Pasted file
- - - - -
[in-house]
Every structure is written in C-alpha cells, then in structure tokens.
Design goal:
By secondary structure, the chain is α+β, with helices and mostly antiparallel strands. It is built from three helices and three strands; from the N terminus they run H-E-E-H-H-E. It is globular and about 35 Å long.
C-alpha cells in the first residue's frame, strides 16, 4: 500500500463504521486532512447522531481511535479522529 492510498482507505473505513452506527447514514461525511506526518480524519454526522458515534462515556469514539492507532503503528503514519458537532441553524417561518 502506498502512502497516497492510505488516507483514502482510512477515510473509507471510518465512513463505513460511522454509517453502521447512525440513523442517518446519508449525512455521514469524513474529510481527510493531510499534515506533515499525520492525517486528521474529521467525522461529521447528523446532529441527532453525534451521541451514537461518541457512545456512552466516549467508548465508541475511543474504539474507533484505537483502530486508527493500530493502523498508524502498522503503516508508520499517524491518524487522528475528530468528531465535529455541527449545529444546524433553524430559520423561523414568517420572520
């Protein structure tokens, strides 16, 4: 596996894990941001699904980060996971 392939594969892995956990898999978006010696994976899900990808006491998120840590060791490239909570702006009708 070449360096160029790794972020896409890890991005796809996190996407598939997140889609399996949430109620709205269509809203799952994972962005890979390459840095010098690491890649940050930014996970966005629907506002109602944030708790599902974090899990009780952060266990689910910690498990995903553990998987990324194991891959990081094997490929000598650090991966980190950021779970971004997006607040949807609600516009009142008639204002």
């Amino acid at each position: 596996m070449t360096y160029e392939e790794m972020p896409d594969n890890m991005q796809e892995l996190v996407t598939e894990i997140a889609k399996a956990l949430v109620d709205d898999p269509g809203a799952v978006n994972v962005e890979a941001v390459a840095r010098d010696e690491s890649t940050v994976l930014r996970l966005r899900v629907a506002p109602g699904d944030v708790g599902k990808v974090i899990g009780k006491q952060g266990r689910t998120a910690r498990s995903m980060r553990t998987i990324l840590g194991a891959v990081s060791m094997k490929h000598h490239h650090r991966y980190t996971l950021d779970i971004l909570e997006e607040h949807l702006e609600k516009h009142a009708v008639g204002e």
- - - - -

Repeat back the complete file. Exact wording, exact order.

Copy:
[in-house]
Every structure is written in C-alpha cells, then in structure tokens.
Design goal:
By secondary structure, the chain is α+β, with helices and mostly antiparallel strands. It is built from three helices and three strands; from the N terminus they run H-E-E-H-H-E. It is globular and about 35 Å long.
C-alpha cells in the first residue's frame, strides 16, 4: 500500500463504521486532512447522531481511535479522529 492510498482507505473505513452506527447514514461525511506526518480524519454526522458515534462515556469514539492507532503503528503514519458537532441553524417561518 502506498502512502497516497492510505488516507483514502482510512477515510473509507471510518465512513463505513460511522454509517453502521447512525440513523442517518446519508449525512455521514469524513474529510481527510493531510499534515506533515499525520492525517486528521474529521467525522461529521447528523446532529441527532453525534451521541451514537461518541457512545456512552466516549467508548465508541475511543474504539474507533484505537483502530486508527493500530493502523498508524502498522503503516508508520499517524491518524487522528475528530468528531465535529455541527449545529444546524433553524430559520423561523414568517420572520
């Protein structure tokens, strides 16, 4: 596996894990941001699904980060996971 392939594969892995956990898999978006010696994976899900990808006491998120840590060791490239909570702006009708 070449360096160029790794972020896409890890991005796809996190996407598939997140889609399996949430109620709205269509809203799952994972962005890979390459840095010098690491890649940050930014996970966005629907506002109602944030708790599902974090899990009780952060266990689910910690498990995903553990998987990324194991891959990081094997490929000598650090991966980190950021779970971004997006607040949807609600516009009142008639204002």
């Amino acid at each position: 596996m070449t360096y160029e392939e790794m972020p896409d594969n890890m991005q796809e892995l996190v996407t598939e894990i997140a889609k399996a956990l949430v109620d709205d898999p269509g809203a799952v978006n994972v962005e890979a941001v390459a840095r010098d010696e690491s890649t940050v994976l930014r996970l966005r899900v629907a506002p109602g699904d944030v708790g599902k990808v974090i899990g009780k006491q952060g266990r689910t998120a910690r498990s995903m980060r553990t998987i990324l840590g194991a891959v990081s060791m094997k490929h000598h490239h650090r991966y980190t996971l950021d779970i971004l909570e997006e607040h949807l702006e609600k516009h009142a009708v008639g204002e």